1. Roundabout with square bike path
Kampen, Europa-Allee, square roundabout. Local authorities in Kampen have decided in favour of a deviating lay-out for the bike paths on the roundabouts. Instead of the usual circle, the bike paths are constructed in the shape of a square, hence the name square roundabout. This was decided in order to improve the visibility of cyclists and decrease bicycle speeds.
In re-designing Europa-Allee no fewer than six square roundabouts have been constructed (as well as one in Flevoweg). The road used to have 2x2 lanes. Due to the extension of the N50 Europa-Allee no longer has a regional function for motor vehicles. The current car intensity is approx. 10,000 mv/24h. Therefore the lay-out has gradually been reduced to 2x1 lane since 2001. Most bicycle routes are at right angles to Europa-Allee. In order to increase safety and reduce barriers all intersections have been converted into square roundabouts. Here roundabouts A and B will be discussed.
3. Old situation
In the old situation the intersections were regulated by traffic lights. Due to the length of the crossings long clearance intervals were necessary. Despite the presence of left- and right-turn lanes, some traffic lights allowed conflicts between motor vehicles making a turn and bicycles and motor vehicles travelling straight ahead. The generous lay-out encouraged high speeds.
In the re-design local authorities decided in favour of square roundabouts. The bike path forms a square instead of a circle, as recommended by CROW. According to local authorities the major advantage is that cyclists cross the lane at right angles. This provides particularly drivers of large motor vehicles with a good view of cyclists. On a traditional roundabout the visibility would be less, as the cyclists would appear from behind the vehicle. The bus company and local hauliers confirm the improved visibility.
5. Distance to bicycle crossing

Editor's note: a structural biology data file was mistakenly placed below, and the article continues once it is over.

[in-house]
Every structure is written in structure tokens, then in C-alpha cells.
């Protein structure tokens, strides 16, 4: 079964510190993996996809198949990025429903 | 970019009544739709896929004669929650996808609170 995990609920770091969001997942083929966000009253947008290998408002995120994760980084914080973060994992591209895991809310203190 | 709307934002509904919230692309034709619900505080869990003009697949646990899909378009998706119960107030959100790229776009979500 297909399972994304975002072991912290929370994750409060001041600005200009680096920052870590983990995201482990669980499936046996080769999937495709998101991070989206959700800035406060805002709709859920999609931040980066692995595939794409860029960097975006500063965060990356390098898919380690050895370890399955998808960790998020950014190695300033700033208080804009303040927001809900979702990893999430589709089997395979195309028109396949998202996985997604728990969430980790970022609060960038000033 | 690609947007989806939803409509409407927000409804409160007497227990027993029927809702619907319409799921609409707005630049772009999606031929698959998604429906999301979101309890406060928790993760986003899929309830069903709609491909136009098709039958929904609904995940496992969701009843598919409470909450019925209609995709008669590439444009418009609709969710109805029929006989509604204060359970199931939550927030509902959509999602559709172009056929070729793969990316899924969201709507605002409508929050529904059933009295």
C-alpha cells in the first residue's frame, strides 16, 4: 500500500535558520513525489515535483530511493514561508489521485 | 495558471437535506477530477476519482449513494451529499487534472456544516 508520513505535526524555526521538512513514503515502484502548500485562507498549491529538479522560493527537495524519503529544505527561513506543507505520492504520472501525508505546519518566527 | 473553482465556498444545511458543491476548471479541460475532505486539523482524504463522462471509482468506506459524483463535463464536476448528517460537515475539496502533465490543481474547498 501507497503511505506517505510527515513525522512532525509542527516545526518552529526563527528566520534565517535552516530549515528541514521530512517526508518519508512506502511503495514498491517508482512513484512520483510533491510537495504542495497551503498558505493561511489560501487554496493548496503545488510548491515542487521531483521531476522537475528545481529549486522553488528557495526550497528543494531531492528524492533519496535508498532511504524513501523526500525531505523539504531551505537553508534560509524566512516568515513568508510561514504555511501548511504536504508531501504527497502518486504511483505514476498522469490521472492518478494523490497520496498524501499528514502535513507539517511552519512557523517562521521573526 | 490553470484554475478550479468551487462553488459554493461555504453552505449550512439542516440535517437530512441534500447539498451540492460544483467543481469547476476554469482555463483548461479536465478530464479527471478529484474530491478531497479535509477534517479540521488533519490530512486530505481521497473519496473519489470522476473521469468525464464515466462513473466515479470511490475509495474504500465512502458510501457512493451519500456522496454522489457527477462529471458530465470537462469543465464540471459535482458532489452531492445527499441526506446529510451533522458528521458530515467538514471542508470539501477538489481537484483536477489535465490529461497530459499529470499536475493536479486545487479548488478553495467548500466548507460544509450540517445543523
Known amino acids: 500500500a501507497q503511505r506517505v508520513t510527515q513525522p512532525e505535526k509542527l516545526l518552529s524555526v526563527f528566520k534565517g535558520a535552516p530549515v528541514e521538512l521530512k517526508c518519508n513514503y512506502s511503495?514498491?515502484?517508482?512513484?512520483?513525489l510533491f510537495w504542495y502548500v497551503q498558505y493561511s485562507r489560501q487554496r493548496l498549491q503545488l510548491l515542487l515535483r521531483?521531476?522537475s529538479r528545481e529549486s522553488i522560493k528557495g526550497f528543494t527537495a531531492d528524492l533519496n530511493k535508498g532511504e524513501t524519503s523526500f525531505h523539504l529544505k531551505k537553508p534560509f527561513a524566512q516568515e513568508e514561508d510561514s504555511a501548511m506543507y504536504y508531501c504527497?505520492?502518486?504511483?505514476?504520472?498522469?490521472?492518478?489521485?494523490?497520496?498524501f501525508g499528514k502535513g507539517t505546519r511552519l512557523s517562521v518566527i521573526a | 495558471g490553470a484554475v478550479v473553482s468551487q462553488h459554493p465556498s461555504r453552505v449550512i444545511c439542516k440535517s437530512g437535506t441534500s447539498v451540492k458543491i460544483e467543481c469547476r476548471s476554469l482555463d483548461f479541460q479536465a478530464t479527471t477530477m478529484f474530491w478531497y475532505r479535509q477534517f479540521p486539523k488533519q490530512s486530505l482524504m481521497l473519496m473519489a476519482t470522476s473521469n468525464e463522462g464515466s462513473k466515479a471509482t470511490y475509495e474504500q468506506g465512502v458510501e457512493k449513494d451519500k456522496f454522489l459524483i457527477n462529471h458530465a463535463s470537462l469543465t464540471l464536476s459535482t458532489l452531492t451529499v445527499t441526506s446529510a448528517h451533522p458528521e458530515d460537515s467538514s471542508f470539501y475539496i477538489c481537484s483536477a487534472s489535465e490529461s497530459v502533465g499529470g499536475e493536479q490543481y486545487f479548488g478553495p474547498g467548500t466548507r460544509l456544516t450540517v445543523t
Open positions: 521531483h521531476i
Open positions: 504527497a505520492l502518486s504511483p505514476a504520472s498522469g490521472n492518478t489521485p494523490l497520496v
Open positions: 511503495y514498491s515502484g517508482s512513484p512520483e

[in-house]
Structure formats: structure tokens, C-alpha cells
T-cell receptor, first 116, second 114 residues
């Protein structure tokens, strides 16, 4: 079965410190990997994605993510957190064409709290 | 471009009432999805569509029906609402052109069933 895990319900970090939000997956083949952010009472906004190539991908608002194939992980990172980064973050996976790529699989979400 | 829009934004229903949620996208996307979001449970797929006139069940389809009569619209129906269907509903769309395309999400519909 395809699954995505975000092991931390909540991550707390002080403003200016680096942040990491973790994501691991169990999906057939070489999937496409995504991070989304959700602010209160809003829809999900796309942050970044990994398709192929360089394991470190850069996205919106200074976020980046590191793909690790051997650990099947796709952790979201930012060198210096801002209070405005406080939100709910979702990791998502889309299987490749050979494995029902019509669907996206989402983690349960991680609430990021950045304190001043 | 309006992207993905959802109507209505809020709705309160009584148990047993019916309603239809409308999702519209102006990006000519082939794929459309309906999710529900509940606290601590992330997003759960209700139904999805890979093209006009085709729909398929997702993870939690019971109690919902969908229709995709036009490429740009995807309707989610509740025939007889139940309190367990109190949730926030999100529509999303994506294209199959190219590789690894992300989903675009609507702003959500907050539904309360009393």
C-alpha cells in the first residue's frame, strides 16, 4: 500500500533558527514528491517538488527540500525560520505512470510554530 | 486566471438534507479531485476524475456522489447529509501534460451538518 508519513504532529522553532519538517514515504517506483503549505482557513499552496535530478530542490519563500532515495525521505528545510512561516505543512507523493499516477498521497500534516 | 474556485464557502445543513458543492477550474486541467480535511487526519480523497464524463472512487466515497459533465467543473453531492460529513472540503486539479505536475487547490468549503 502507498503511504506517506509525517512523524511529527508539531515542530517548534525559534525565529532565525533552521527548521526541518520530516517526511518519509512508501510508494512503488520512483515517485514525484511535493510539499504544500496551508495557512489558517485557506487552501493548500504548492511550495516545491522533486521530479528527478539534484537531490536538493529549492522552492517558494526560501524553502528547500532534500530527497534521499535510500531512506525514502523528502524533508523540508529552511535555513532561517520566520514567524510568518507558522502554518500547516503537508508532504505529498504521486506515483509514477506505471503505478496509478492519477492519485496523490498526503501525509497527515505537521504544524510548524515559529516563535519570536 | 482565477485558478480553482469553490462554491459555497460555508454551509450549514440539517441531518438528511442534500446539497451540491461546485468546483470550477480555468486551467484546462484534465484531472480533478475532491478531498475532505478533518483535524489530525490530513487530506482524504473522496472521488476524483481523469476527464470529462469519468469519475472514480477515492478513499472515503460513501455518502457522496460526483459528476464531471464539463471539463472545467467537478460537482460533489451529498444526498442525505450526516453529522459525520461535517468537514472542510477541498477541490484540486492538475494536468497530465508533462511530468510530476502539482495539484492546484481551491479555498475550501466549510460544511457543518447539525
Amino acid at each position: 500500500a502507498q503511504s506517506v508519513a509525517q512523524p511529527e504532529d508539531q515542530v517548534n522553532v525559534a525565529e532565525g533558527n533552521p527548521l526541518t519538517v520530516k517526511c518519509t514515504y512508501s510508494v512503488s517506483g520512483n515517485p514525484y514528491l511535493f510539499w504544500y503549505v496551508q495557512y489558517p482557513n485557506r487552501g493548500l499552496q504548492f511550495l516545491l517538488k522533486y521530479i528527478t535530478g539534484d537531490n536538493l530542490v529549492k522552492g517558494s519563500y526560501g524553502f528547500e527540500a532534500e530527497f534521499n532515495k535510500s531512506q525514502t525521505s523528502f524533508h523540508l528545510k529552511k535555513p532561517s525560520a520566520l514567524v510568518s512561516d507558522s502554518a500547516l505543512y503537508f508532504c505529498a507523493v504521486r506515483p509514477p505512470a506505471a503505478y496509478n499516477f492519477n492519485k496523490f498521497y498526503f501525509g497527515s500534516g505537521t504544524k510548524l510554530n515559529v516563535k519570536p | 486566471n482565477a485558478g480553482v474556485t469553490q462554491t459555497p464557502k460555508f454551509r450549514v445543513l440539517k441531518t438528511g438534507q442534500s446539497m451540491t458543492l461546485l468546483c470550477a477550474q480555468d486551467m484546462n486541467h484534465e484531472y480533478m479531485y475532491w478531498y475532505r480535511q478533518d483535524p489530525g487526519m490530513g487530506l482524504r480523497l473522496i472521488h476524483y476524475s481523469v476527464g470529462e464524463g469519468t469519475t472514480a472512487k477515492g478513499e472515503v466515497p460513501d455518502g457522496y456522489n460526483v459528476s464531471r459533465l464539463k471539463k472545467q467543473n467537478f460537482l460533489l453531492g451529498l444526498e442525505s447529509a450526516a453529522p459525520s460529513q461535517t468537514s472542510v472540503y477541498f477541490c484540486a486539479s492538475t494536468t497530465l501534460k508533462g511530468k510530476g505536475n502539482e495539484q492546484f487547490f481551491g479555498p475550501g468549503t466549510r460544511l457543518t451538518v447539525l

Thanks to the square format and improved visibility it has been possible to reduce the distance between the bicycle crossing and the roundabout lane to a mere 50 cm (from 5 metres as recommended by CROW). As a result the square roundabout does not take up extra space. For approaching drivers, moreover, potential conflicts with bicycles and motor vehicles on the roundabout are close together. They can focus on a single point of conflict and yield to motor vehicles and bicycles on the roundabout at the same time.
6. Drawback short distance
The short distance between lane and bicycle crossing does have its drawbacks, however, particularly at high intensities. As there is no room to line up between lane and bicycle crossing, drivers leaving the roundabout may block traffic when yielding to cyclists. And drivers approaching the roundabout and having to yield to motor vehicles on the roundabout may block the bicycle crossing.
7. Connections to bike paths
Extra attention has been paid to the connections to the bike paths. Upon entering the roundabout cyclists will have to turn right (R = 4 metres = approx. 10 km/h) and then left again to follow the roundabout. This is intended to reduce their speed. This prevents cyclists from passing at speed in front of cars and being noticed too late. A disadvantage of course is the extra discomfort to cyclists, particularly when travelling side by side. In addition the distance between the ‘bicycle exit’ and the next crossing has been increased as much as possible. In this way drivers on the roundabout will know sooner whether the cyclist will cross his path.
As far as we are aware there are no accident analyses available demonstrating that square roundabouts are in fact safer than the traditional ones. SWOV did perform some observations at a square roundabout in Venray. SWOV concludes that safety differences with other roundabouts are minor: sometimes square appears to be better, sometimes the round ones. Due to the desire for standardisation (and because safety advantages cannot be demonstrated) SWOV recommends not to use square roundabouts.